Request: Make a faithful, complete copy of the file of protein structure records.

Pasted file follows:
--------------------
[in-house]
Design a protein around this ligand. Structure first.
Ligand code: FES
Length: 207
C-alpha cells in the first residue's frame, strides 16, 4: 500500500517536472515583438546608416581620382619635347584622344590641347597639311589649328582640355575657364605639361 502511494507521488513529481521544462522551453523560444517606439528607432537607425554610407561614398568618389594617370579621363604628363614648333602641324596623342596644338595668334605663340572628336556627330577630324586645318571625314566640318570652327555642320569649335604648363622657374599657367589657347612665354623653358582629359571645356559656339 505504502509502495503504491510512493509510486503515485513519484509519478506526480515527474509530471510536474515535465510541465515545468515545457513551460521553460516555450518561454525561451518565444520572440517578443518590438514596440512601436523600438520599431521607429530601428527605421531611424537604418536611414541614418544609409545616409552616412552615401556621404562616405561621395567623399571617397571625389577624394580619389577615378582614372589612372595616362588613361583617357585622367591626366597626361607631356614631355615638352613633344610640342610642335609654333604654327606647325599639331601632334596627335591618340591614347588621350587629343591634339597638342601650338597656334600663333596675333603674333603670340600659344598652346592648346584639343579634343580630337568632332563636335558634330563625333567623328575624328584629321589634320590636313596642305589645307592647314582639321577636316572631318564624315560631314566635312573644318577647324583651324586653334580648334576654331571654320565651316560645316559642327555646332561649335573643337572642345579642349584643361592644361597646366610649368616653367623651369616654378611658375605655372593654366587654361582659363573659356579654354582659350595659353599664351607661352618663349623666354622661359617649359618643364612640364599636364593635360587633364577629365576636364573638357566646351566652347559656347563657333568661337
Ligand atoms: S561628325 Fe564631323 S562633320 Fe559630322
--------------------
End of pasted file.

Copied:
[in-house]
Design a protein around this ligand. Structure first.
Ligand code: FES
Length: 207
C-alpha cells in the first residue's frame, strides 16, 4: 500500500517536472515583438546608416581620382619635347584622344590641347597639311589649328582640355575657364605639361 502511494507521488513529481521544462522551453523560444517606439528607432537607425554610407561614398568618389594617370579621363604628363614648333602641324596623342596644338595668334605663340572628336556627330577630324586645318571625314566640318570652327555642320569649335604648363622657374599657367589657347612665354623653358582629359571645356559656339 505504502509502495503504491510512493509510486503515485513519484509519478506526480515527474509530471510536474515535465510541465515545468515545457513551460521553460516555450518561454525561451518565444520572440517578443518590438514596440512601436523600438520599431521607429530601428527605421531611424537604418536611414541614418544609409545616409552616412552615401556621404562616405561621395567623399571617397571625389577624394580619389577615378582614372589612372595616362588613361583617357585622367591626366597626361607631356614631355615638352613633344610640342610642335609654333604654327606647325599639331601632334596627335591618340591614347588621350587629343591634339597638342601650338597656334600663333596675333603674333603670340600659344598652346592648346584639343579634343580630337568632332563636335558634330563625333567623328575624328584629321589634320590636313596642305589645307592647314582639321577636316572631318564624315560631314566635312573644318577647324583651324586653334580648334576654331571654320565651316560645316559642327555646332561649335573643337572642345579642349584643361592644361597646366610649368616653367623651369616654378611658375605655372593654366587654361582659363573659356579654354582659350595659353599664351607661352618663349623666354622661359617649359618643364612640364599636364593635360587633364577629365576636364573638357566646351566652347559656347563657333568661337
Ligand atoms: S561628325 Fe564631323 S562633320 Fe559630322